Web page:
How Many Checking Accounts Should I Have?

Technically, you can have as many checking accounts as you want. You can open multiple with the same bank, and you can always join other banks.

But why would you want to do that?

The purpose of a checking account is to keep money in the short term to spend it. And to do so, you want it to be easily accessible.

If you add more checking accounts, it makes personal finance more complicated. It’s harder to know what account you’re using or what’s your balance on each of them.

Think of how complex it can become. If your checking account is linked to a savings account, it will take money from this account if you don’t have enough balance (which may include fees).

Luckily, there are free services (such as Capital One) to monitor all your balances in one place. But anyway, is it worth the complexity?

How Many Checking Accounts Should I Have?

How Many Checking Accounts Should I Have

We use checking accounts to spend money and savings accounts to save it. If you’re going to spend it, you generally don’t want to keep a high balance. You only load the amount you expect to spend for this month.

So if you wanted to open ten checking accounts, most of them would either have zero balance or a few hundred bucks. It’s not the norm, but banks may charge you maintenance fees for accounts you don’t use — especially with zero balance.

Let’s get things more complex. Suppose you buy a monthly subscription, which will charge you automatically. If you buy a dozen of these, it’s a mess. You don’t know which account is linked to each membership, and you may not have enough balance on all of them.

By default, you end up using one or two. The other dozen have no purpose and only make personal finance harder.

I don’t know about you, but it’s not fun spending one hour per day trying to manage your money. That’s why a single checking account is ideal for most people.

But is there any situation where you may want more than one? There is.

Should You Open Another Checking Account?

Should You Open Another Checking Account

If you can open a checking account with a different bank, you get extra fraud protection.

Let’s hope it doesn’t happen, but suppose a scammer gets access to your checking account via ATM skimmers or phishing emails.

The thief can now take all your money and empty your bank account. You don’t have much protection in this situation, but you can minimize the damages:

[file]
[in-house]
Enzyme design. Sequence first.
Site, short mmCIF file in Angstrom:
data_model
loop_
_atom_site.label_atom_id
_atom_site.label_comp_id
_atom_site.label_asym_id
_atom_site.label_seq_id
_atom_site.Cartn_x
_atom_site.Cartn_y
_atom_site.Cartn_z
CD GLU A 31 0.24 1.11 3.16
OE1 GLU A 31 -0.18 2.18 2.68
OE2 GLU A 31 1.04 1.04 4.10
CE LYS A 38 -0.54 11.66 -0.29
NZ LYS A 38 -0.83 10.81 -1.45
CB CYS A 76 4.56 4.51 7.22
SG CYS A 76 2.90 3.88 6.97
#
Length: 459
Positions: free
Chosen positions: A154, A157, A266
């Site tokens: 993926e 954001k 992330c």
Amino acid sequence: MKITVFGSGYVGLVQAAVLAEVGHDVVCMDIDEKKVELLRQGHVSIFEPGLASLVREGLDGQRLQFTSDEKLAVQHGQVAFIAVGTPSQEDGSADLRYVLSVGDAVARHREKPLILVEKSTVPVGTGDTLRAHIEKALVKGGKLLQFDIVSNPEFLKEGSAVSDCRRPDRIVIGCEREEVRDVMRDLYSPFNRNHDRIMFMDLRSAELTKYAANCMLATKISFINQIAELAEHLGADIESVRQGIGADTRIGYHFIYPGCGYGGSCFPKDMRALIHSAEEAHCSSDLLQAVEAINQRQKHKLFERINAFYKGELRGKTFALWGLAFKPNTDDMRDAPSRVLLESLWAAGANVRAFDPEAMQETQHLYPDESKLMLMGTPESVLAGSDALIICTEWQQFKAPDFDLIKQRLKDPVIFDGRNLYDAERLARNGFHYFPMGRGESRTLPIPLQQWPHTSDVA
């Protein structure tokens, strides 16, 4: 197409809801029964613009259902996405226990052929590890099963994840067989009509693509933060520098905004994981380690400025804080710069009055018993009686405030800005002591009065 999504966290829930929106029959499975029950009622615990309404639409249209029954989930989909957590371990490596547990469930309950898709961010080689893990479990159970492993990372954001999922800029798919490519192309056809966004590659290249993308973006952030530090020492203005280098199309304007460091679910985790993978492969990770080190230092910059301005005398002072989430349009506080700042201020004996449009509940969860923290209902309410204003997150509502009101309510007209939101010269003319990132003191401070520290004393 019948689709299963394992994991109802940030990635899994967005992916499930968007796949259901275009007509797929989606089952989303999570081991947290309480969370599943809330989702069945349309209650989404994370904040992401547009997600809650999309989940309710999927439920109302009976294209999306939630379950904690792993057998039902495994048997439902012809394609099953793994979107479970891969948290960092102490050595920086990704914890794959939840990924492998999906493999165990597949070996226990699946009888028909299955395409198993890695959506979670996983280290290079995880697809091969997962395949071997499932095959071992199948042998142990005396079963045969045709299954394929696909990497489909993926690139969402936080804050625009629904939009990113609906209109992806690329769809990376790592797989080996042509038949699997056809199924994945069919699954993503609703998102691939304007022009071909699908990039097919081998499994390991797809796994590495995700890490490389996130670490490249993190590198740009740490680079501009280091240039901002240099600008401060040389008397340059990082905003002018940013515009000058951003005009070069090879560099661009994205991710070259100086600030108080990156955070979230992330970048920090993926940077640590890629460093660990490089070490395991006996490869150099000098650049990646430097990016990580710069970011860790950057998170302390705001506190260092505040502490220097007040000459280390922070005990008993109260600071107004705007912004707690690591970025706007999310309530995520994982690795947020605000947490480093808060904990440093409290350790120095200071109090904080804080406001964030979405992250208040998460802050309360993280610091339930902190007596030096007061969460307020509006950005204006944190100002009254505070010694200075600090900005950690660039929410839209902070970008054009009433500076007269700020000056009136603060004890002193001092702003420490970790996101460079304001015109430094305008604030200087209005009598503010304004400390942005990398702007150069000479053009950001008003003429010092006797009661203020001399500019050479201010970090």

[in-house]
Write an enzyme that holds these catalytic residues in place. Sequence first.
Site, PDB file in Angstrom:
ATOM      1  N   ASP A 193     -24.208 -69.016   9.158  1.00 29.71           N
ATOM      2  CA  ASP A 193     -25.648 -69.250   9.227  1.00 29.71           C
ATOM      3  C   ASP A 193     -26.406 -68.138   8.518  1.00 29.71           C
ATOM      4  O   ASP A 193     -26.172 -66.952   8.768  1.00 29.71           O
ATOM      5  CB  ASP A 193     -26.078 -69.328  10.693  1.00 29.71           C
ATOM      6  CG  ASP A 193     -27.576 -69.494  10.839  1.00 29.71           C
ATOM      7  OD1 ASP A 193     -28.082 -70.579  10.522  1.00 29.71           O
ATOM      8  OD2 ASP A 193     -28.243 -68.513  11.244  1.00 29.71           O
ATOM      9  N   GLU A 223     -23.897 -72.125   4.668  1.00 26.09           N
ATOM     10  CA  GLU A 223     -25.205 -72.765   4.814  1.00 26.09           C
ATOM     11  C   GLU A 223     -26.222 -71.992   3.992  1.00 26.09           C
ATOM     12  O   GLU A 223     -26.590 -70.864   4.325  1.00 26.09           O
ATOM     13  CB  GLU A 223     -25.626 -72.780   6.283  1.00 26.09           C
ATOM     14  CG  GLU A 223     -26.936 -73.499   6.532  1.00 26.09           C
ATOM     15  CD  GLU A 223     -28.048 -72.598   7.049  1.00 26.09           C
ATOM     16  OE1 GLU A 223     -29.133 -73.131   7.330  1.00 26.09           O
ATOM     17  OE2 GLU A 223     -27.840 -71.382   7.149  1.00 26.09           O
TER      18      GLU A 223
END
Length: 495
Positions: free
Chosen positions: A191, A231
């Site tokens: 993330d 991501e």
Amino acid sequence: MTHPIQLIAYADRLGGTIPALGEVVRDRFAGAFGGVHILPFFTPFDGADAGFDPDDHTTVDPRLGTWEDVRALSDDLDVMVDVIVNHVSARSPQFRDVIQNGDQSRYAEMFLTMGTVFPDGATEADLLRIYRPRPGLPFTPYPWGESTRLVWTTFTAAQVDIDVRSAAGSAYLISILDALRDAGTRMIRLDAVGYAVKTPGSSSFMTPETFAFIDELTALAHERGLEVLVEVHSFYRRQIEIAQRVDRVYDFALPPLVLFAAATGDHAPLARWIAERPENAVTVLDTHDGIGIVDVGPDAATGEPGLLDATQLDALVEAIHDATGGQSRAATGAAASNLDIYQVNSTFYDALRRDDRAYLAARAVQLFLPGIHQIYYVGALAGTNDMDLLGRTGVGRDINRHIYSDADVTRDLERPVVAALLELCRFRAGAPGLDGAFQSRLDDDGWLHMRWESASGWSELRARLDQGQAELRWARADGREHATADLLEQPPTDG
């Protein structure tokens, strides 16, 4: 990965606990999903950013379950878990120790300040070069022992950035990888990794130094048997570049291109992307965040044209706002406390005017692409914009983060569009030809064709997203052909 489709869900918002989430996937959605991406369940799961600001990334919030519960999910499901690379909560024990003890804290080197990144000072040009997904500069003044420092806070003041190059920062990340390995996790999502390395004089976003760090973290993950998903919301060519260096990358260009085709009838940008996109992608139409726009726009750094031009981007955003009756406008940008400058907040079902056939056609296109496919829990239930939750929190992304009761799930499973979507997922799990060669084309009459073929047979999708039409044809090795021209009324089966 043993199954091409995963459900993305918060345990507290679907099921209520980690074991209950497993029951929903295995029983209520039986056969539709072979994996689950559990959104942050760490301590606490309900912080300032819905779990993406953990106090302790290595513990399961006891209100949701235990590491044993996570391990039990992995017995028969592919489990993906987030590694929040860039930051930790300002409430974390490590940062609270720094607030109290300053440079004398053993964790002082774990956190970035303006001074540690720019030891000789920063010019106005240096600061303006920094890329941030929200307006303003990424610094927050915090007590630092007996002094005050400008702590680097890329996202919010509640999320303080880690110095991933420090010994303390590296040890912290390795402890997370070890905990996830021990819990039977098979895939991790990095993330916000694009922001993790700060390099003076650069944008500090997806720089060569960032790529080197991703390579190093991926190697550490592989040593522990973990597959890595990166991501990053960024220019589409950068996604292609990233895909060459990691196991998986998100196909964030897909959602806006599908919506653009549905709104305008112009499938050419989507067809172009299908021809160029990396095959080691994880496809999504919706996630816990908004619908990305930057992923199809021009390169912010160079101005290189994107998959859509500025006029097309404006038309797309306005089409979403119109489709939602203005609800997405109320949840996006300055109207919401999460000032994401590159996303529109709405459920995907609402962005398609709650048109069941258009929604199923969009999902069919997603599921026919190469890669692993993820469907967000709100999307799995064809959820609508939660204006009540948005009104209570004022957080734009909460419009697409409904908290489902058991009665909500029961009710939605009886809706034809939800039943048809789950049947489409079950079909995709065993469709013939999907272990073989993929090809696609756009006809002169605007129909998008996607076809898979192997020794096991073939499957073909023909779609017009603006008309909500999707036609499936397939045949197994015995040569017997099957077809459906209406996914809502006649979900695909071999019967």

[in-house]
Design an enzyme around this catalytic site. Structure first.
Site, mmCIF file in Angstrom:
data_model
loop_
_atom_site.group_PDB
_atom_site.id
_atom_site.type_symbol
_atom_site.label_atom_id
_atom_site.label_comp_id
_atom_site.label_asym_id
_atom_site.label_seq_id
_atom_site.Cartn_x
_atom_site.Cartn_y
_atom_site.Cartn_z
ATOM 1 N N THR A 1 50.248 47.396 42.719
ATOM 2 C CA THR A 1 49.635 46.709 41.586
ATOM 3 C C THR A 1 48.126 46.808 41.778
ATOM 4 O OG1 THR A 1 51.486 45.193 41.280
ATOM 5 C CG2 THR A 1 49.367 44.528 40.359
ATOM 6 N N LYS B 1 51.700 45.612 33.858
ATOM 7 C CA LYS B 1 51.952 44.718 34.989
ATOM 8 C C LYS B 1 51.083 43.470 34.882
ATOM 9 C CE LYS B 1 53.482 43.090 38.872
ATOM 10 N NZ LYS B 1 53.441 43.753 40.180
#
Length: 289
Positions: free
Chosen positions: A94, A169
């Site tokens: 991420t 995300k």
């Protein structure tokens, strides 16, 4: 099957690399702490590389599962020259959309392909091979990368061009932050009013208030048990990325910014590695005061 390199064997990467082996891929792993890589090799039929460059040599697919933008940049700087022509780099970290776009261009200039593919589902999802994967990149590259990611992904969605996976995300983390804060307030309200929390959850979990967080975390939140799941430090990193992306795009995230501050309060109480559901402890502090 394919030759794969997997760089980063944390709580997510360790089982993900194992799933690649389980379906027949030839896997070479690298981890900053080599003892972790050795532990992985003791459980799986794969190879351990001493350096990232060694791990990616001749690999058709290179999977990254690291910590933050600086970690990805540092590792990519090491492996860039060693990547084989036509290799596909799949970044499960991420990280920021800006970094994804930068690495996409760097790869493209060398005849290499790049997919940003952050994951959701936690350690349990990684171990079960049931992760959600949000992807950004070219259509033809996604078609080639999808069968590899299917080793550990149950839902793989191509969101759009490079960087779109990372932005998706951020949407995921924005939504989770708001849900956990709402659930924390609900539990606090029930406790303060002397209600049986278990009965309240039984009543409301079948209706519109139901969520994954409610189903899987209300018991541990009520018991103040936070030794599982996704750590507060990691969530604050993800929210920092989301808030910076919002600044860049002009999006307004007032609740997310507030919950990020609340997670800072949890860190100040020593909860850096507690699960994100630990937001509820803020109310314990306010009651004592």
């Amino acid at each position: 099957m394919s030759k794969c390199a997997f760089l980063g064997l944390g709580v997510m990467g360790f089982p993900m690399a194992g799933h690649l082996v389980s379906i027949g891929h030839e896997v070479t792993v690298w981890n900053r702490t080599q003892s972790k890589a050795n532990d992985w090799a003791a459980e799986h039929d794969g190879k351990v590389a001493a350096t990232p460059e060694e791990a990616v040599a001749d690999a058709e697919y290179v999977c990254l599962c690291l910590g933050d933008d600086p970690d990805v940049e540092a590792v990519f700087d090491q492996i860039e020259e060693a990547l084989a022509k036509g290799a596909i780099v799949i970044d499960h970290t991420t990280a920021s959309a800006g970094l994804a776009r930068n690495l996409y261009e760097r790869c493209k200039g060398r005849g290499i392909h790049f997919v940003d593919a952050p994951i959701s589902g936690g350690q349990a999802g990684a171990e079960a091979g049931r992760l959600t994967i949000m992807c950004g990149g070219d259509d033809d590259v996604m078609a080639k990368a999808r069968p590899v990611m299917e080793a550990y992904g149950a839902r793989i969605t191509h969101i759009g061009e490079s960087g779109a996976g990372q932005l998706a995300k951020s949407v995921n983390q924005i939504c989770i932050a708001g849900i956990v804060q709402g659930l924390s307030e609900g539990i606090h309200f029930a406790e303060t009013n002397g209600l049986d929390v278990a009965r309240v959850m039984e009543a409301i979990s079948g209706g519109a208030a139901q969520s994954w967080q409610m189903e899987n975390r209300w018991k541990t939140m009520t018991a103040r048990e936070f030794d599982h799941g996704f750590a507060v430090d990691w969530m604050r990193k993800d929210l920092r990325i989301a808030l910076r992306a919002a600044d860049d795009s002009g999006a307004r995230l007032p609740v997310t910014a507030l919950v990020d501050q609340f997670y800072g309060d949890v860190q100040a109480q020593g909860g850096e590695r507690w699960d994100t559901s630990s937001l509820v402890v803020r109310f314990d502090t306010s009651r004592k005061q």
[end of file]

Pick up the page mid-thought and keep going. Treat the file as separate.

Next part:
• Make that you need to verify your identity to use funds from your savings account
  • Know what you spend on average with your checking account every month. Set that as your withdrawal limit. If you want to lift it, you have to contact the bank and verify your identity
  • If you want to spend money, keep it on another checking account you rarely use. And if you want more money on your low-limit account, you transfer it from this second checking account

If you rarely use the second account, scammers shouldn’t be able to find it. And if they steal your low-limit account, they can only spend a few hundred dollars.

Also, try setting a credit fraud alert if you’re suspicious. This will restrict most actions of your account so that you can only perform them after verifying yourself.

Why You Should Have 2-3 Checking Accounts

Why You Should Have 2 3 Checking Accounts

Assuming you have no issues with fraud, why would you want another checking account?

You may open another one for emergencies in case your bank stops working for whatever reason (suspended accounts, maintenance…). If you open one with another bank, you can still spend money while the other one unblocks.

Most of the time, you’ll use a single one. You can open more without problems.

As long as you access them with a debit card, nothing you spend will affect your credit. However, the law requires lenders and companies to check your account balance to see if you can afford their services. Otherwise, they may put you in debt (learn more about accessible income here).

Some checking accounts may offer a 0.05% APY (annual percentage year). But if you’d like to get 0.20%-0.40% APY, learn more about cash management accounts.

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